By Flo Dwek
ONE OF US
(Directed by Rachel Grady and Heidi Ewing, 2017, 1 hr., 35 min.)
ONE OF US, the thrilling new documentary by the talented directing duo, Rachel Grady and Heidi Ewing, is now streaming on Netflix in an unbelievable 190 countries, in 30 languages. This is indeed a remarkable feat, defying the odds of being billed as something of a “niche” film about the pain and suffering of three Hasidic Jews who opt out of the cloistered world of Hasidism in Brooklyn, New York. Simply put, its prevailing themes of revolt, resistance and recrimination are universal in their appeal. It is virtually impossible to watch this deftly made piece of cinema verite without being amazed and moved by the harrowing stories of the three young people at its heart. We cannot help but root for Etty, Ari and Luzer as they struggle to free themselves from a lifelong captivity of rigid norms, beliefs and behaviors. After devoting so many years to chronicling their arduous tales, the filmmakers see it this way: “These three brave people are bucking the exacting rules of their ultra-orthodox community to experience the world for the first time as true individuals. Their journey is a profoundly human one that took us by surprise.” For a penetrating look at several aspects of this complex film, don’t miss WIFV’s interview, below, with Rachel Grady.
A CONVERSATION WITH FILMMAKER RACHEL GRADY
BY FLO DWEK
WIFV: You and Heidi Ewing chose to make a film, essentially, about three Hasidic “outcasts,” individuals who could no longer tolerate being in the Hasidic community for many complex personal reasons, including physical and mental abuse, cultural and educational deprivation and a forced alienation from the real world. What type of film did you set out to make originally about the Hasidim in Brooklyn, and how did it morph into this film about the difficult journeysONE of these three unhappy souls?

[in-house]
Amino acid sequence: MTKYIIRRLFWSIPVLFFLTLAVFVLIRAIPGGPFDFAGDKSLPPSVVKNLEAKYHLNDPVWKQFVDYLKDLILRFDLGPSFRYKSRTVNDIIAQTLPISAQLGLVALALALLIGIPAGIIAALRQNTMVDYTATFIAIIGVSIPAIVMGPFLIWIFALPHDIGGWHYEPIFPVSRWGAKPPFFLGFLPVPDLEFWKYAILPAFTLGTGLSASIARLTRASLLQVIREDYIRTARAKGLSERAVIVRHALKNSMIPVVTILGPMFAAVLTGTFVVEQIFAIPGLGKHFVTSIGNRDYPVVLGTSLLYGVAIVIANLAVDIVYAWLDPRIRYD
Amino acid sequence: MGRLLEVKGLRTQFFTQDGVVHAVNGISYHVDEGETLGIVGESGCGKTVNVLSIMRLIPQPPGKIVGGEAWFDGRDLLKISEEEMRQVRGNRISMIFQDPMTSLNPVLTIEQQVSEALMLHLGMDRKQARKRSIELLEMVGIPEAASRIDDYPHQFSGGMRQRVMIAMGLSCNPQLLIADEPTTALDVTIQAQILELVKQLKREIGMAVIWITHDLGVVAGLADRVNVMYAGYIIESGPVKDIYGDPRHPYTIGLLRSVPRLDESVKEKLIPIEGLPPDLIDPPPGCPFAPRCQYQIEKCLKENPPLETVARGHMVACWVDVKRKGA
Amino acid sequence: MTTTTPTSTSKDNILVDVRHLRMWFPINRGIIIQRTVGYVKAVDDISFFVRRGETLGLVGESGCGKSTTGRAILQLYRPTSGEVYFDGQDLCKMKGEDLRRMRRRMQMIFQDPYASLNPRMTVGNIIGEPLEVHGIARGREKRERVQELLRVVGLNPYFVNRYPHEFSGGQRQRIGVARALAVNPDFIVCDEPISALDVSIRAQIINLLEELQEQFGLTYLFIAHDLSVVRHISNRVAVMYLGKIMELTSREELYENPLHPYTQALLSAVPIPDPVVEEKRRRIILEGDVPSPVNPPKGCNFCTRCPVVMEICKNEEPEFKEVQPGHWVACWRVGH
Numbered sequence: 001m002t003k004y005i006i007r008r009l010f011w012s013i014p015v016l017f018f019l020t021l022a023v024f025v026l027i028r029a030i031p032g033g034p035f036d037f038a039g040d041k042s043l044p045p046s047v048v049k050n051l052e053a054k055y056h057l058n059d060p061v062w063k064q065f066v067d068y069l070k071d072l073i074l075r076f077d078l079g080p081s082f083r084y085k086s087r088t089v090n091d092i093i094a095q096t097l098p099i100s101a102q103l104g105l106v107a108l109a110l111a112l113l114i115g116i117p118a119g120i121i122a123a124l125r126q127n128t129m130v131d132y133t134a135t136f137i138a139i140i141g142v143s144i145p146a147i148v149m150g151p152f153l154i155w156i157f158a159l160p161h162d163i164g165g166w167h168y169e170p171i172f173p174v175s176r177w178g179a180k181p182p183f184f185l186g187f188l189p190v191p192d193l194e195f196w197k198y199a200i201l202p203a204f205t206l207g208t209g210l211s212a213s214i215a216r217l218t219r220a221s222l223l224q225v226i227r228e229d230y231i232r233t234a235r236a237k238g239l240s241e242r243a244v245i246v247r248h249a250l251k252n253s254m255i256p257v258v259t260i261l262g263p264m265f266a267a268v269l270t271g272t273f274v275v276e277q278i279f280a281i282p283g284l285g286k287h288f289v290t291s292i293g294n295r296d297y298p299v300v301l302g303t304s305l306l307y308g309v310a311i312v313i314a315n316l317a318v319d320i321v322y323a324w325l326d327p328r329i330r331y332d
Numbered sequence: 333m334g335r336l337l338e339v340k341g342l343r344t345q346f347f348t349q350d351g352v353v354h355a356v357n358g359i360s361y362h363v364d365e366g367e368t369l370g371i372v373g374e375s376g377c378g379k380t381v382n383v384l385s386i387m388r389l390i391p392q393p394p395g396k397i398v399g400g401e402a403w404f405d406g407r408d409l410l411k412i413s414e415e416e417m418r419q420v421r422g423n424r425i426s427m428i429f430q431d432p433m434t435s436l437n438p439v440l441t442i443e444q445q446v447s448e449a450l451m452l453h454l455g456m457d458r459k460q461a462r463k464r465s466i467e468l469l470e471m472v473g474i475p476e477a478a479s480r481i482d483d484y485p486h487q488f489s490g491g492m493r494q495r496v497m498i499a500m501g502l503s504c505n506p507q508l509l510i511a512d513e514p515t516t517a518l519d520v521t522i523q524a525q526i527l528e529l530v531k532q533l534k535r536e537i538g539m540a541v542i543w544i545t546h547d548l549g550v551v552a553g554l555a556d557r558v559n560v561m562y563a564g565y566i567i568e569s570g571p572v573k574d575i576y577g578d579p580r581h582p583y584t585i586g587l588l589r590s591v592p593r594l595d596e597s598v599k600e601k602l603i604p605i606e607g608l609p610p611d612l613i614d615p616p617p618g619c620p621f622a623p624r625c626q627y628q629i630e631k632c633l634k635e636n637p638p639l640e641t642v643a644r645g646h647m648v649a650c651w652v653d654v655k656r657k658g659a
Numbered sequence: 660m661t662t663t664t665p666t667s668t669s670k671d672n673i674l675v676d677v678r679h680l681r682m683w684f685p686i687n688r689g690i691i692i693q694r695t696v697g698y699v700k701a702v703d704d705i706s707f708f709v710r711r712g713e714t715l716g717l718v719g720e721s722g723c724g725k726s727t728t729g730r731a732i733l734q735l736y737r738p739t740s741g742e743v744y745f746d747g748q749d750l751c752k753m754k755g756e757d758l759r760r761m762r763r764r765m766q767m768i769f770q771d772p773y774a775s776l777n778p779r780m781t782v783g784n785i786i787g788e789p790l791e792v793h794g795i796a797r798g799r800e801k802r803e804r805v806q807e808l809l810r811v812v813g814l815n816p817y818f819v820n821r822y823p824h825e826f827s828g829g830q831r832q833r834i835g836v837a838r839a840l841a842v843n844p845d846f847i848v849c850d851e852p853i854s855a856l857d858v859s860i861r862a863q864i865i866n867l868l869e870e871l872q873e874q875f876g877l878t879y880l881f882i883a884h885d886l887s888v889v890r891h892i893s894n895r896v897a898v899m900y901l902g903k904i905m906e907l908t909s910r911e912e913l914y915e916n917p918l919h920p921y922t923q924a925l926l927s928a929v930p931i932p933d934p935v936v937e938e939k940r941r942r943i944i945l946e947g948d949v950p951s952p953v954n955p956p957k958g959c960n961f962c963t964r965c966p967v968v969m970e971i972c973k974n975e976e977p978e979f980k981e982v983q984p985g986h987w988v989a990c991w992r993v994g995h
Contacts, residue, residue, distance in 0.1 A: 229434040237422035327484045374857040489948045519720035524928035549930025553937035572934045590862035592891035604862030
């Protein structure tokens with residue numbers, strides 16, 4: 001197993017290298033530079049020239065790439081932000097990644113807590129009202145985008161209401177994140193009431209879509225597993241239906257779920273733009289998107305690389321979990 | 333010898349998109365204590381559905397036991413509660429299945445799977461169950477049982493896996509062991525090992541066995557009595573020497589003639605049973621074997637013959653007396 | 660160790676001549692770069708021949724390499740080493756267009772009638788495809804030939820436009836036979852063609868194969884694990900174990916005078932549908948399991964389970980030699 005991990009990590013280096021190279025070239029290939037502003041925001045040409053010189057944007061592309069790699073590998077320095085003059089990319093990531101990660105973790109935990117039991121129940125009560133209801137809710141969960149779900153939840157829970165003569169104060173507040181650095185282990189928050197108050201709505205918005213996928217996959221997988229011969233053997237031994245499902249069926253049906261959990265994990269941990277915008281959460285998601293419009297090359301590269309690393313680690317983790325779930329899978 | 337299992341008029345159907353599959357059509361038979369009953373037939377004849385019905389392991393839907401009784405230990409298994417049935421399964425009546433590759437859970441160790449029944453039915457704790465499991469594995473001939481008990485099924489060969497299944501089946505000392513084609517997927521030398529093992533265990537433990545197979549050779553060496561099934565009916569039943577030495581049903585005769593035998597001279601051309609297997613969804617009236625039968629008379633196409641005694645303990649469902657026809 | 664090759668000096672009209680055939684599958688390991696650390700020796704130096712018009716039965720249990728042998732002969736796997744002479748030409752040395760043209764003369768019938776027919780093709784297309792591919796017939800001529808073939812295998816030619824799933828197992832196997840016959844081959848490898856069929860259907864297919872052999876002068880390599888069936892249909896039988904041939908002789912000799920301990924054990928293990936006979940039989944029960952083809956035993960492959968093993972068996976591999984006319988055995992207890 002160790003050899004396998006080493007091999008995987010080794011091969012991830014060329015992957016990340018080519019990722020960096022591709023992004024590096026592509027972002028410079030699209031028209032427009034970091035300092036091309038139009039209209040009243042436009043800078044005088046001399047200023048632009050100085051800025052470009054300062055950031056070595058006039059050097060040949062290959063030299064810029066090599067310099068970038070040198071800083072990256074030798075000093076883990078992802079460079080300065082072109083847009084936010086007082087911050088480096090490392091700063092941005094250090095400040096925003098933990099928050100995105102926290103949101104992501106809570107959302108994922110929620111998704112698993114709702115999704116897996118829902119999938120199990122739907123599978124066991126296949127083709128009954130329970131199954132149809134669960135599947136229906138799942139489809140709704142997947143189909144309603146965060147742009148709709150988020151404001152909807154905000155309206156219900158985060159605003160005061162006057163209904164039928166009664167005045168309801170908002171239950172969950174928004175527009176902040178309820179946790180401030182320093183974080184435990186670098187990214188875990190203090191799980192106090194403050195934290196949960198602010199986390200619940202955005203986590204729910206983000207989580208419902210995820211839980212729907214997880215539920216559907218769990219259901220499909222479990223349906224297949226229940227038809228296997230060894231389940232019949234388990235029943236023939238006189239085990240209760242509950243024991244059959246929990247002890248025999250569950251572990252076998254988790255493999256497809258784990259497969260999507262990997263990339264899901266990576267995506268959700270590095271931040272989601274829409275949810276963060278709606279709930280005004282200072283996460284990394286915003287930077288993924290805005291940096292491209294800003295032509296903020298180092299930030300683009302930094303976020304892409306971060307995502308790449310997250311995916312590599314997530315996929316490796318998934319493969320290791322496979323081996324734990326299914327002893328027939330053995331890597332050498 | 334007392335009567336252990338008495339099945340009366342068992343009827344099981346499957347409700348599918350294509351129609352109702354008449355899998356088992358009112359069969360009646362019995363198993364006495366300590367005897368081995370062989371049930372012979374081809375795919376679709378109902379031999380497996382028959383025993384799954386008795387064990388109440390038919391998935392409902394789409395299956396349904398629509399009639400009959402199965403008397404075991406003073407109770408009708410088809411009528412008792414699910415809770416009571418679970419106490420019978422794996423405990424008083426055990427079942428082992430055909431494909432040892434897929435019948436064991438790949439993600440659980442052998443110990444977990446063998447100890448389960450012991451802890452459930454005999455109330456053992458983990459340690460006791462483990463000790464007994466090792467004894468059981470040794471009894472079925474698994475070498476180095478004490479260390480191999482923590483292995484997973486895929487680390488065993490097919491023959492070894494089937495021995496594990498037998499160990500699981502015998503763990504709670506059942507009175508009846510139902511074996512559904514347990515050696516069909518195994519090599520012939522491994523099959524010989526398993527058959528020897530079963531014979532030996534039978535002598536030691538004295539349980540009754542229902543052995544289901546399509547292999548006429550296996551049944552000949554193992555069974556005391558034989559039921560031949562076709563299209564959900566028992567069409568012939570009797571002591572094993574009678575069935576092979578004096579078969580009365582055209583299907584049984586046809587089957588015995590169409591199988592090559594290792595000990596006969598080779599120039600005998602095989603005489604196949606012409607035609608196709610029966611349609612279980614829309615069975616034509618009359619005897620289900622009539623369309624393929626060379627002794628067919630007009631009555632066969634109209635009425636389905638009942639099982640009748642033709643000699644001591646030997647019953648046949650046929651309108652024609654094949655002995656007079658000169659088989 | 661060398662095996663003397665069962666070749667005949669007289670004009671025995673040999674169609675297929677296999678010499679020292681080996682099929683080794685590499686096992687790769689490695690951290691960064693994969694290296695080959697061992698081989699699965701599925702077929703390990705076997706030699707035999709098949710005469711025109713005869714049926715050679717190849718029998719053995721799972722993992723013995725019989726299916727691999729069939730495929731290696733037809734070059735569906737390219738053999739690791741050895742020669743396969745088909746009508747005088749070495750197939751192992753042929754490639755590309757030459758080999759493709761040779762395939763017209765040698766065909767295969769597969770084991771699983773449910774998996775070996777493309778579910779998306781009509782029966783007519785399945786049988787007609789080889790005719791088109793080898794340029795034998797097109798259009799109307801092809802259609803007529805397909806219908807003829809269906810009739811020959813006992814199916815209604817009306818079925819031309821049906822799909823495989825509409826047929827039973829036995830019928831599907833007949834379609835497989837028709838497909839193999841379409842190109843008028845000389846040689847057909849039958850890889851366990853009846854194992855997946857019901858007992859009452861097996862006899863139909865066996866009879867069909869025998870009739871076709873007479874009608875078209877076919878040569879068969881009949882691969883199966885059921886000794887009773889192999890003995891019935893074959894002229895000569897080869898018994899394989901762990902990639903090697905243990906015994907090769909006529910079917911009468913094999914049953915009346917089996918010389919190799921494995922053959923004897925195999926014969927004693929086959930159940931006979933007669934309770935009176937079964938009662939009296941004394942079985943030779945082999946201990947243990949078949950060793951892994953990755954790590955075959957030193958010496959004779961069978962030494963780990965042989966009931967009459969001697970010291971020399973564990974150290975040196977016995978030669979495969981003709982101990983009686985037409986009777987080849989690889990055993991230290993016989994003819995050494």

GRADY: Heidi and I always wanted to explore the world of Hasidim but never thought we would have some sort of special access to do that. When we learned about the organization called Footsteps (which aids Hasidic Jews to transition into secular life) we thought they offered the possibility of getting into it from a certain angle. We finally got permission from Footsteps to meet their clients after waiting 6 months — and from that point on, we met many people going through this extremely fraught transition. After we met our three main subjects, we knew we had a film.
WIFV: What would you most like audiences to remember and think about after seeing this film?
GRADY: That there is a cost we all pay for our individualism — and in some cases, people give up absolutely everything for it. This film, at its heart, is about personal identity and its value.
WIFV: What were your greatest challenges in making this documentary and how long did it take, start to finish?